We left the hotel on foot and across a large park where a farmer's market had been in the morning. The litter was unbelievable. There were trucks out cleaning up, but I know the Santa Monica Farmer's Market or Memphis Market doesn't look like that when it's over. But litter is very common all over Europe, very tragic. Miljana took us to her school where she teaches English. It was very inspiring and unfortunately the cost to send her books is high or I would empty my shelves of the kid's easy readers and send them on, as they are hungry to learn the language. Most of the signs in Bosnia are written in Cyrillic which is virtually impossible to decipher. I felt like an alien the entire day. We proceeded to the cars and I rode with Vlado and my parents. Typical post teenage boy, drives too fast with the music too loud (see previous post for video).
Our first stop was the monastery on top of the large hill in Trbinje. It has a new Orthodox church and a view that is spectacular (see the view at the beginning of this post). My great grandfather was Serbian Orthodox, as was my grandmother, but in DeKalb, IL there was not an Orthodox church and my Grandmother converted to Catholicism when she married. The church interior is gorgeous and the icons are very similar in every Orthodox church. There are many of St. Michael the Archangel (a personal favorite) and St. Stephen which is the patron of my family. I lit a candle for my own family thousands of miles away. We then went to Savo's store. It is a feed and construction type business and the small store has drinks, eggs ( not refrigerated) and food. We had a cold drink mingled with the locals and moved on. Vlado drove us to the family village along one lane roads in the thick brush of the country.
A hundred years ago, many families established their own "village", basically a cluster of homes with gardens, root cellars, vineyards, bee hives and crops. They could self sustain for the most part. Of course, those days are over, and our village has been bombed by missiles and is decaying. There is still an old gentleman living in the only standing structure with his lush garden and grapes rotting on the vine. It is amazing to think Steve Miskin was born and raised there, and that 20 years ago my mom visited relatives inside that home that the war destroyed.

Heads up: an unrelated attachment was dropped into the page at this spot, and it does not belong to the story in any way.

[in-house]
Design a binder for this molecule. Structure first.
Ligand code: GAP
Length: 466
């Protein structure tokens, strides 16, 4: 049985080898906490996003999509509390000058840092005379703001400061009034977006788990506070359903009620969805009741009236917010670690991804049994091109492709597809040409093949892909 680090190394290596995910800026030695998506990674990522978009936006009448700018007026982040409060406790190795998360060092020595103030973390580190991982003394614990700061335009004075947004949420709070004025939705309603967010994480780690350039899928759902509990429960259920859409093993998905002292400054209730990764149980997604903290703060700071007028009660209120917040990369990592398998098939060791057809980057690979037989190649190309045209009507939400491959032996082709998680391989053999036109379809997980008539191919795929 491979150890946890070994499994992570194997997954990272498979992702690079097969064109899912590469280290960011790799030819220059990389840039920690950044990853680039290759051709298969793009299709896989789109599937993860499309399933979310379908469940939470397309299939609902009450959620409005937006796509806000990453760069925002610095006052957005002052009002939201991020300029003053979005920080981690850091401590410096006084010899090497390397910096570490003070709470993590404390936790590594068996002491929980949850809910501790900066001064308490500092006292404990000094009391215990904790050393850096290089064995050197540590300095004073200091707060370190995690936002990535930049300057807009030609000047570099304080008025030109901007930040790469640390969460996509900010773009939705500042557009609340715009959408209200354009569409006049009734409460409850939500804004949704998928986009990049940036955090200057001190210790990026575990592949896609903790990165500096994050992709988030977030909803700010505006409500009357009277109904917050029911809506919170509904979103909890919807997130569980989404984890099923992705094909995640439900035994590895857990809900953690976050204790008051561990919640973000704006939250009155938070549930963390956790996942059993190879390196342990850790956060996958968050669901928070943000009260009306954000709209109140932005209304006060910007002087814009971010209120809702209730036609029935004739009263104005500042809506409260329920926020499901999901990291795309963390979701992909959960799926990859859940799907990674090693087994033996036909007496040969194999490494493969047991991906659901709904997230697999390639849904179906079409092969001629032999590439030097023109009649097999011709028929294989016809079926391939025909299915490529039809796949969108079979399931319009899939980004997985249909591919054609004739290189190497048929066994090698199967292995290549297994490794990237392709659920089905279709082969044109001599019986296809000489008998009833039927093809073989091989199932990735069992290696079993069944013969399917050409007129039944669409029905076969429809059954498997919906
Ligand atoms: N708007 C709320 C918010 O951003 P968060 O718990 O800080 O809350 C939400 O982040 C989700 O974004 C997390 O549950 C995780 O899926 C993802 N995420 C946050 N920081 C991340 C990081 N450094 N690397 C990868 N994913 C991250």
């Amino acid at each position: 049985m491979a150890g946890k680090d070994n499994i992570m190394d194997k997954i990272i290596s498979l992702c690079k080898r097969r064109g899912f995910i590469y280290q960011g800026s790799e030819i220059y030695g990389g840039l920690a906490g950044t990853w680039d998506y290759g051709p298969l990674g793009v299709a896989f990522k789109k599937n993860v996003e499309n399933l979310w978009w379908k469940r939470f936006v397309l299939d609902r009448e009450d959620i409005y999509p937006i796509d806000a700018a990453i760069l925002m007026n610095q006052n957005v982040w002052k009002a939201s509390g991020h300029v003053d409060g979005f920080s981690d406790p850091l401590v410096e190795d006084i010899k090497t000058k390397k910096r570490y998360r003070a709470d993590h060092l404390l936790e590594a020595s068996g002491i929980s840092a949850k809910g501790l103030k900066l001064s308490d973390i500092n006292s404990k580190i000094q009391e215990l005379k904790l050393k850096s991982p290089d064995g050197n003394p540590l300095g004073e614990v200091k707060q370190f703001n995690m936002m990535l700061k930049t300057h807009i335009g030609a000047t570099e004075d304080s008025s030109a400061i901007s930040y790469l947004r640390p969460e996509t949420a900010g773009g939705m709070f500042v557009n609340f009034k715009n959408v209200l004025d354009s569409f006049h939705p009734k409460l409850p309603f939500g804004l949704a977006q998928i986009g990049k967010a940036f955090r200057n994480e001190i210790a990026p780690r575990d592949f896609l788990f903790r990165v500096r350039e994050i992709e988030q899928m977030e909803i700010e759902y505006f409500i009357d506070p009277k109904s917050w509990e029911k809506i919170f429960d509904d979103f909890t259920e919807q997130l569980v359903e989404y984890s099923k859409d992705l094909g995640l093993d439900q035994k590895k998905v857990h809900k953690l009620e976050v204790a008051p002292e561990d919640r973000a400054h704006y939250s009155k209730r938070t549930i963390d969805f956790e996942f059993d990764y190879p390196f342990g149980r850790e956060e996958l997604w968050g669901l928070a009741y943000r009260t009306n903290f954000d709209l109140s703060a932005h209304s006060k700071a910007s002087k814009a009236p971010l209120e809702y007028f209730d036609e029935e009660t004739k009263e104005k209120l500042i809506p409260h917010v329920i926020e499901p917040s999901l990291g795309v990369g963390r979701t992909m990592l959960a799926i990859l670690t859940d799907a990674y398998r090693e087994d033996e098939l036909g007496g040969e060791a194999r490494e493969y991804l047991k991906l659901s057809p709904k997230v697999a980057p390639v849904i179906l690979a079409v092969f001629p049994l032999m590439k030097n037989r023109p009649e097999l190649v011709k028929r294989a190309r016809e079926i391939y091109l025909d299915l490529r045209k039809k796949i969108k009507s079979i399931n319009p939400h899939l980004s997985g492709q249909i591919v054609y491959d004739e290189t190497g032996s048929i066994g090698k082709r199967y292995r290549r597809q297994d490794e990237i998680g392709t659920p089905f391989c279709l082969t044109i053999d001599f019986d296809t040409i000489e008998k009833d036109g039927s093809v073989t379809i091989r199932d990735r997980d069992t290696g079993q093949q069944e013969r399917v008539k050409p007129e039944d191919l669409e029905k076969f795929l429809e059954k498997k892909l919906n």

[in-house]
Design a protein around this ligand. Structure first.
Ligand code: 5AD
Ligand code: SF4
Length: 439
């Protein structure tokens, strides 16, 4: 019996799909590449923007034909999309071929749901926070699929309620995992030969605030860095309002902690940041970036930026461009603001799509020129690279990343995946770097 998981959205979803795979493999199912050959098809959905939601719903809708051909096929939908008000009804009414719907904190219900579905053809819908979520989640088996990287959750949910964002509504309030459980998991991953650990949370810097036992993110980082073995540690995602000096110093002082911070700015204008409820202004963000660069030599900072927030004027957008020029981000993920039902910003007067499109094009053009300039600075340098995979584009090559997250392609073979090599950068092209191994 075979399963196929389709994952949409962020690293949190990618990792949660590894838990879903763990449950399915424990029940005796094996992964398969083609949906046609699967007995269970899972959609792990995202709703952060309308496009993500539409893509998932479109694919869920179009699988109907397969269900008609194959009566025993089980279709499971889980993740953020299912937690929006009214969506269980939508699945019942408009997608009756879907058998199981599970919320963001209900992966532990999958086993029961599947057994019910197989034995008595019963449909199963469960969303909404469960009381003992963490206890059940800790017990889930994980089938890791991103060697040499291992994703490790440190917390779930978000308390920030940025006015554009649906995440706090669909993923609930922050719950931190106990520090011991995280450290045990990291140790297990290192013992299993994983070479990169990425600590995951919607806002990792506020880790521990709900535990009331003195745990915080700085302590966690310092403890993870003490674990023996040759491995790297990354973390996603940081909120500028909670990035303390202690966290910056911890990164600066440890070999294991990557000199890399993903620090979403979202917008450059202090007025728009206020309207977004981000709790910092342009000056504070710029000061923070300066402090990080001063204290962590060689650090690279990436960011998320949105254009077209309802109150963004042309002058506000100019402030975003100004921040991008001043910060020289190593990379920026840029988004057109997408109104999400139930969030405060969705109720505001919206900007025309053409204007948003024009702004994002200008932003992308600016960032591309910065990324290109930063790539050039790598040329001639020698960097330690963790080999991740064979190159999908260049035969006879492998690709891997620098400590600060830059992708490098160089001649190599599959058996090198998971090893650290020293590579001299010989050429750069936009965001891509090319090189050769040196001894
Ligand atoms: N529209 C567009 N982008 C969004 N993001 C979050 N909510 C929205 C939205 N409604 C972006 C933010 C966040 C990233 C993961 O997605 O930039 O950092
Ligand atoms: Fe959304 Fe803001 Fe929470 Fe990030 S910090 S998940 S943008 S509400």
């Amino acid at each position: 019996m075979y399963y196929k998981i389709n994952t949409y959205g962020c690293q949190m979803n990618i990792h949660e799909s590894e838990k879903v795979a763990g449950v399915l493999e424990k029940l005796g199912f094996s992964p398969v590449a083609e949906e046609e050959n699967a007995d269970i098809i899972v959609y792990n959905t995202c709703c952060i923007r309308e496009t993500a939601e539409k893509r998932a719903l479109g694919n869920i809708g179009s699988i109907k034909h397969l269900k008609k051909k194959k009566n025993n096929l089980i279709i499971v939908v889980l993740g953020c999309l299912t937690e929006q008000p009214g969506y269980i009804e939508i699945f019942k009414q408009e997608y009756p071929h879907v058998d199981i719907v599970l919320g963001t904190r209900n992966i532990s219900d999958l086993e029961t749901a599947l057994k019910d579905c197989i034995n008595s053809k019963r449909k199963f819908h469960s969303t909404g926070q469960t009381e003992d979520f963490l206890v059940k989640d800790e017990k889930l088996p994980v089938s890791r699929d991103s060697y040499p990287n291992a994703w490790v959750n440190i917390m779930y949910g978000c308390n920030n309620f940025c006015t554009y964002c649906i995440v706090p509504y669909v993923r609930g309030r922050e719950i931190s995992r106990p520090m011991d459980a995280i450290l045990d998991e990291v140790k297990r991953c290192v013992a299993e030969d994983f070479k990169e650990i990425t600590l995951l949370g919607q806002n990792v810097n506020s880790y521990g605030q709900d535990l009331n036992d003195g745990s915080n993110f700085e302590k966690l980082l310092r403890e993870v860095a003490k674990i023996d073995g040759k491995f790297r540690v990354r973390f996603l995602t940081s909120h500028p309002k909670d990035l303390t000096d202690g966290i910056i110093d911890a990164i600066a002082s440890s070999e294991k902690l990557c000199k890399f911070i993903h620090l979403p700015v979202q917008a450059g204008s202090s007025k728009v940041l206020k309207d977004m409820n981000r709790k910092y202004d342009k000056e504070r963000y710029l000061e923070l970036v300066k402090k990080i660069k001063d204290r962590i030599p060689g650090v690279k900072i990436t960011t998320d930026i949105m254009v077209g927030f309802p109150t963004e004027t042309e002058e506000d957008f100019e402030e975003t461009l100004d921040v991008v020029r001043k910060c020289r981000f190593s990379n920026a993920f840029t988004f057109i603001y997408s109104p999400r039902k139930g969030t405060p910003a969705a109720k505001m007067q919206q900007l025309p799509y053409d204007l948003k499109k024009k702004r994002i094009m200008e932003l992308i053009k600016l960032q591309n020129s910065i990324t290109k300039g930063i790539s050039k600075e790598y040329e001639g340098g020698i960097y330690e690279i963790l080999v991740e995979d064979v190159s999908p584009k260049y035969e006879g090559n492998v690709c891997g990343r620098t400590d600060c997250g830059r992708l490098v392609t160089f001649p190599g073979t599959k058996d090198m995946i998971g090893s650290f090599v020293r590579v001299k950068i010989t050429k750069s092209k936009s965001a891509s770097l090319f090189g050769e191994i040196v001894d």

The cemetery was down the road and was overgrown with 4 foot weeds, but the newer graves were covered with flowers and next to them were crosses that were hundreds of years old. We left this family village and Miljana took us to her village. Her husband was a Miskin and was very active in preserving the history of the family. He restored a small chapel in the cemetery where he was eventually buried and it is a tribute to him.
Miljana's village had an ominous warning tacked to a tree, a reminder of that war again, there are potentially land mines anywhere that hasn't been thoroughly swept. She lives in her country house on weekends and holidays from school. She also has a small house for her daughter in college, Anna and another small building is a replica of a home from the 1800's where she is putting in antiques to make it a museum. How nice to have this small compact neighborhood, but you had better like your only 4 neighbors!
By this time it is late and dark and we call our Croatian driver to meet us at the border. No one really wants to drive into the other's country after dark. Interesting dynamics. It was a great day. I learned so much about about the hardships and the drive it had to have taken to get on a boat and come to the U.S., leaving the comfortable surroundings your family had lived in for hundreds of years. I am grateful he came, but I am also grateful to know where I came from. Next, my dad's family story.